In Paladin v. Rivas, No. 05-cv-079-SM, 2007 WL 2907263 (D.N.H. Sept.28, 2007), which followed King's trial, a jury found that two other defendants-but not Rivas-had violated inmates Paladin and West's constitutional rights. The jury awarded the plaintiffs nominal damages against both liable defendants and $50,000 each in punitive damages against one of the defendants; it also awarded Paladin alone $50,000 in compensatory damages against the other defendant. Id. at *1. Plaintiffs received $33,952.50 in attorney's fees and $1,247.32 in costs. Id. at *13. In other cases, the inmate-plaintiffs settled before trial.
After King's second trial on compensatory damages, he moved as the prevailing party for attorney's fees and costs under 42 U.S.C. § 1988 (2006). Rivas objected, arguing that the plaintiff's $5,500 judgment was less than the $10,000 offer, and that Rule 68 therefore shifted costs to King; accordingly, Rivas sought to recover his attorney's fees and costs. The district court held that Rule 68 did not apply because the $10,000 offer had not been apportioned among the defendants, and it awarded King attorney's fees and costs for his claims against Rivas under section 1988. King v. Rivas, No. 04-cv-356-SM, 2008 WL 822236, at *3-9 (D.N.H. Mar.26, 2008).
Rivas has now appealed, arguing that the district court misconstrued Rule 68, and our review of such a question is de novo. See NEPSK, Inc. v. Houlton, 283 F.3d 1, 5 (1st Cir.2002). Rivas' position is straightforward: the defendants' $10,000 offer to King for a joint settlement is deemed to have been rejected; King's ultimate recovery from all the defendants named in his suit was only $5,500; thus, costs shift to King.
King responds that the offer was not apportioned and therefore did not allow him to determine how much Rivas was offering to settle the claims against Rivas alone, so the rule is not triggered. But the offer was hardly “ambiguous”: by its terms it was an offer to settle the whole case, and only the whole case, for $10,000-plus costs and attorney's fees to date. So King is saying either that a package offer alone does not trigger the rule or, in the alternative, must be accompanied by nominal allocations.
Rule 68 was written in the singular-referring to “liability of one party to another”-and nowhere explains how a joint offer by several defendants should be treated. But federal law provides, in line with common sense, that “unless the context indicates otherwise-words importing the singular include and apply to several persons, parties or things.” 1 U.S.C. § 1 (2006); see Johnston v. Penrod Drilling Co., 803 F.2d 867, 869-70 (5th Cir.1986). Compare Duke v. Cochise County, 189 Ariz. 35, 938 P.2d 84, 90 (Ariz.Ct.App.1997) (finding use of singular “unambiguous” in cost rule, rendering it inapplicable to joint offer).
In addition, Rule 68's purpose of encouraging settlements 2 strongly supports its adaptation to multi-defendant cases, and courts have so assumed. Marek v. Chesny, 473 U.S. 1, 3-4, 105 S.Ct. 3012, 87 L.Ed.2d 1 (1985) (joint offer by three co-defendants); Delta Air Lines, Inc. v. August, 450 U.S. 346, 350 n. 5, 101 S.Ct. 1146, 67 L.Ed.2d 287 (1981) (assuming rule's applicability to multi-defendant litigation). But how to apply the rule to joint offers is not addressed by the rule and is ultimately a matter of judicial adaptation of the rule in light of policy.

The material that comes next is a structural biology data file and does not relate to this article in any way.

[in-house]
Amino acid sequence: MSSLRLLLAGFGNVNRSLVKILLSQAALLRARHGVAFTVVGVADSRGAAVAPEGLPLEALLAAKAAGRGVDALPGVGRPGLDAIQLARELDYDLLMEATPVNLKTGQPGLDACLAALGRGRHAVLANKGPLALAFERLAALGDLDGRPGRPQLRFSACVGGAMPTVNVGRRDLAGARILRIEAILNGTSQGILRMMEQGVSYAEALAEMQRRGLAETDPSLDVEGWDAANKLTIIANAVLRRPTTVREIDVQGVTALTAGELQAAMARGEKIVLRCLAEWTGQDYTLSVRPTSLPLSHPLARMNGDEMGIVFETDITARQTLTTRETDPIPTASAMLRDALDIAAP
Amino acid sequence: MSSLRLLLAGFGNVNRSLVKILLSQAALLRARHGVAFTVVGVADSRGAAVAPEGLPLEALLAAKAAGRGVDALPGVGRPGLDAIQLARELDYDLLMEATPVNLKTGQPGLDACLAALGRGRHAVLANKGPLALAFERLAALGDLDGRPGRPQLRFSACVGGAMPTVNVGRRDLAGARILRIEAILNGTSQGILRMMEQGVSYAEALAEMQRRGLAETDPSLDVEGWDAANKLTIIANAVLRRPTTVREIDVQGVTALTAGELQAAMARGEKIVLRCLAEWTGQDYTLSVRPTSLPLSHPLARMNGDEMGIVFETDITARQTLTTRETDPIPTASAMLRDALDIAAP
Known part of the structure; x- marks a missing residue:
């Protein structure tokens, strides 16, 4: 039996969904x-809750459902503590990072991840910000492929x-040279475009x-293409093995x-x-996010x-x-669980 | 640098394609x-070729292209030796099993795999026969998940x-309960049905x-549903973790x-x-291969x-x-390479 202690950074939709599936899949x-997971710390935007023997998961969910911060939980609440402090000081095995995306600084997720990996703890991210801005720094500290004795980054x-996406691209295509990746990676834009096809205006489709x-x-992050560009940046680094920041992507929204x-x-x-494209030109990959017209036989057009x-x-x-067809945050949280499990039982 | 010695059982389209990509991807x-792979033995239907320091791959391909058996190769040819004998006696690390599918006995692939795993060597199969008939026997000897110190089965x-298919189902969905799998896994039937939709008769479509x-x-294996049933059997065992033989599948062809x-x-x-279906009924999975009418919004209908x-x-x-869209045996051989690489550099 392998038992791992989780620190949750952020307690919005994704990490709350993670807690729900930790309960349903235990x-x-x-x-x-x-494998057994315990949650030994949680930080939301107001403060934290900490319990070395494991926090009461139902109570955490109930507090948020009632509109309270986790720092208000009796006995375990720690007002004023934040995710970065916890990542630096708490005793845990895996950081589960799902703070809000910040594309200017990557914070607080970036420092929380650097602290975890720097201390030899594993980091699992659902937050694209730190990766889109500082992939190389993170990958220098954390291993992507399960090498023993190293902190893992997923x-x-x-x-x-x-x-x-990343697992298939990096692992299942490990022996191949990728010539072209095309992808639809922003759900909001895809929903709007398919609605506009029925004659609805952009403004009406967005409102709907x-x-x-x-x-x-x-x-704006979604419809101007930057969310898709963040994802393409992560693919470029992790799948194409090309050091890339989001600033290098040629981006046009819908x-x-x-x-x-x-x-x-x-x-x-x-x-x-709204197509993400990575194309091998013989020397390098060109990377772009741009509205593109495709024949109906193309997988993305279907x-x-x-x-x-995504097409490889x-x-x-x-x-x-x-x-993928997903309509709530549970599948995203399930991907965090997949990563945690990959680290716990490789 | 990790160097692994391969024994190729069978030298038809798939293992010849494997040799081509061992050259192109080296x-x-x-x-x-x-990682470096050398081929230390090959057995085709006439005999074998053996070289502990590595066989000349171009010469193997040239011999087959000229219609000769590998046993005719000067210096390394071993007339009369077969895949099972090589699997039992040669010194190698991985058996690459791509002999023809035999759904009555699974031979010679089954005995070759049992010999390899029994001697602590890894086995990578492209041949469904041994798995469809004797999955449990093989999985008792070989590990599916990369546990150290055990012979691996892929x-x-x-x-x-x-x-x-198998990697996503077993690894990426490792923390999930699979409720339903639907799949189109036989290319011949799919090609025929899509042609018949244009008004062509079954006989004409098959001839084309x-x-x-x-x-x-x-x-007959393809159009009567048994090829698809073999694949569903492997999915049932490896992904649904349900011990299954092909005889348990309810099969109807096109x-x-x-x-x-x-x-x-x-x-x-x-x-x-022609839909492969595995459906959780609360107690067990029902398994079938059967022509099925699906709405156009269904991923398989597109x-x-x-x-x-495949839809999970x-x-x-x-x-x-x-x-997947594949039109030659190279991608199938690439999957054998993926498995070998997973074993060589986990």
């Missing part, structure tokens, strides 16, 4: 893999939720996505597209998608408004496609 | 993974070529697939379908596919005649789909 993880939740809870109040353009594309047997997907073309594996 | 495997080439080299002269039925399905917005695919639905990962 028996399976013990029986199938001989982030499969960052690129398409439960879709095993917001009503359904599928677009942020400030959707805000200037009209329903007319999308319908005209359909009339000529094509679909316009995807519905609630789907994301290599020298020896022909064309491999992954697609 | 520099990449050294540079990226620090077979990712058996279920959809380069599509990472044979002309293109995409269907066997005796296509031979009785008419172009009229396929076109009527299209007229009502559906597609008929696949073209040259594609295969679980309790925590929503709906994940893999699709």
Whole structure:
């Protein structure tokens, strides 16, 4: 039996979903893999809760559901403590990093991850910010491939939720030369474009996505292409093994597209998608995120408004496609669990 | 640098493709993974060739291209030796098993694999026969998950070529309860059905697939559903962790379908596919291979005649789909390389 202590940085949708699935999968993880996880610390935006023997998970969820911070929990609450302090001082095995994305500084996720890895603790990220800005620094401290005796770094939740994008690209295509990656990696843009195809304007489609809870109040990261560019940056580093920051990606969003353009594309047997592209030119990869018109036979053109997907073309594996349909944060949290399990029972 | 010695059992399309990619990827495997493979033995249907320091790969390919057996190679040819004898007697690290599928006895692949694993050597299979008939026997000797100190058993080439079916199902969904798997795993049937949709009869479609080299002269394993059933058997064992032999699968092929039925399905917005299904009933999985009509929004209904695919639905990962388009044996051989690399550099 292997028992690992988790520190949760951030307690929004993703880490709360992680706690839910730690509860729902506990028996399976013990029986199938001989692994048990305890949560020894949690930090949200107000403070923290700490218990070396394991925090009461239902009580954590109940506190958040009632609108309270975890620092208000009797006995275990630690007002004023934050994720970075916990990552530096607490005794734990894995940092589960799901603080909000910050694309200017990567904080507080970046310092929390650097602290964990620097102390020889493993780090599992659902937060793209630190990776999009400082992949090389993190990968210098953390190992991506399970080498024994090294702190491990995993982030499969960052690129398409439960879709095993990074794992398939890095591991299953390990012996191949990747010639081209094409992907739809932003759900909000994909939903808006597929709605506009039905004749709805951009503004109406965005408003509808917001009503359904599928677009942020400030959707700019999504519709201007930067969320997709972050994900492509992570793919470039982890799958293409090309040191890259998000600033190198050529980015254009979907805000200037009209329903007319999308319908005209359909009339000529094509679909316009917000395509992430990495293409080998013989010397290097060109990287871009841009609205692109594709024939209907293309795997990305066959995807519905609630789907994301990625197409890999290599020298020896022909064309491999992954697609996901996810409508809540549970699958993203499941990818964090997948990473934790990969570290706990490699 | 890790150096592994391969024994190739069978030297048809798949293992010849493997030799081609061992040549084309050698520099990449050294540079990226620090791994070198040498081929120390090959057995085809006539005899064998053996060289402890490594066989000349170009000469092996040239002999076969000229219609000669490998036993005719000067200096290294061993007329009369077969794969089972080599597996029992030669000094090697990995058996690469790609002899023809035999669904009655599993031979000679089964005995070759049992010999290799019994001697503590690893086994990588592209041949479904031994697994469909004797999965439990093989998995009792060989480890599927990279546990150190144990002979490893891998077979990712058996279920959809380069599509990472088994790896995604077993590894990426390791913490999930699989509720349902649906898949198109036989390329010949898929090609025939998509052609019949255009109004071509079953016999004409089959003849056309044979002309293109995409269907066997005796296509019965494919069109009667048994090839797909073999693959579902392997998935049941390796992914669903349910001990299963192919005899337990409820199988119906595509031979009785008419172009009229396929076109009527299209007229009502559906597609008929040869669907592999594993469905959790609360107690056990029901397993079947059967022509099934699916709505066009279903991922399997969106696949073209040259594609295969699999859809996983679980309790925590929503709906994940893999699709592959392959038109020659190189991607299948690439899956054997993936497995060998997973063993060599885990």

Of course, tactically a plaintiff would prefer an apportioned set of offers that would allow him to pick and choose; indeed, an offer judged ample as to one defendant could provide resources to continue the litigation against others. And plaintiffs will often gain valuable bargaining information by learning which defendants are most eager to settle.
But in multi-defendant cases where a single employer is likely to pay the bill (such as one against a company and several of its officers), a full settlement will often be the only one that makes sense for the company-the likely payor-and the only one that will be forthcoming. As the Supreme Court noted in Marek, “[i]f defendants are not allowed to make lump-sum offers that would, if accepted, represent their total liability, they would understandably be reluctant to make settlement offers.” 473 U.S. at 6-7, 105 S.Ct. 3012.
Often, where there is one harm or a related set of harms, a plaintiff too will be primarily concerned with what the case as a whole “is worth.” In any event, each defendant is entitled to say that he will not settle unless the plaintiff settles with all. And how the individual defendants contribute to the settlement fund (in practice, the institution may well pay for everyone directly or by indemnification) ought ordinarily not be plaintiff's concern in deciding whether or not to settle.
The circuit courts have been divided about variations on the central problem. The Seventh Circuit has insisted that to trigger Rule 68 in multi-defendant cases an offer must contain amounts allocated to each defendant, Harbor Motor Co., Inc. v. Arnell Chevrolet-Geo, Inc., 265 F.3d 638, 648-49 (7th Cir.2001); but it did so citing a prior case, Gavoni v. Dobbs House, Inc., 164 F.3d 1071 (7th Cir.1999), involving joint plaintiffs, who present quite different problems; 3 and the result in Harbor Motor was more than justified on a different ground, namely, that the verdict in favor of the co-defendant was being reversed, Harbor Motor, 265 F.3d at 644-45, so the plaintiff's total package could in the end well exceed the package offer.